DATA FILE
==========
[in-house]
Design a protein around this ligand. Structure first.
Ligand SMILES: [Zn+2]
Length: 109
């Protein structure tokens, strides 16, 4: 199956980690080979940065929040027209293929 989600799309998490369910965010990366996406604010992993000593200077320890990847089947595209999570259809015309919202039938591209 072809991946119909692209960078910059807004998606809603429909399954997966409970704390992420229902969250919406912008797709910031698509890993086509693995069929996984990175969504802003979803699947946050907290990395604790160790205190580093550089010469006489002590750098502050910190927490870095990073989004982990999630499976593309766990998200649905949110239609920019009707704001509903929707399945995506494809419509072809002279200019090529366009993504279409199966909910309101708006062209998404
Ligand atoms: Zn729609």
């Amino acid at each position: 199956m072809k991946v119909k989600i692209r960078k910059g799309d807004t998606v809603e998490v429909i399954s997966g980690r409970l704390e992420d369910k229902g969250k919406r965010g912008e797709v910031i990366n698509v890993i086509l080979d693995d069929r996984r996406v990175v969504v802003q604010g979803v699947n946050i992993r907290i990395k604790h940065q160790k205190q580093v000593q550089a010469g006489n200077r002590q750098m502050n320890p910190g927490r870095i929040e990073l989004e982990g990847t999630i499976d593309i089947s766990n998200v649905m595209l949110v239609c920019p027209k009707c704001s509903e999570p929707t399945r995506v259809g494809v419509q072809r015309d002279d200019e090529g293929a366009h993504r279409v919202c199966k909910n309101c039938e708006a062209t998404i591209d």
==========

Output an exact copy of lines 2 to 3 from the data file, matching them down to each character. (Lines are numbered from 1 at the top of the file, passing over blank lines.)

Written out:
Design a protein around this ligand. Structure first.
Ligand SMILES: [Zn+2]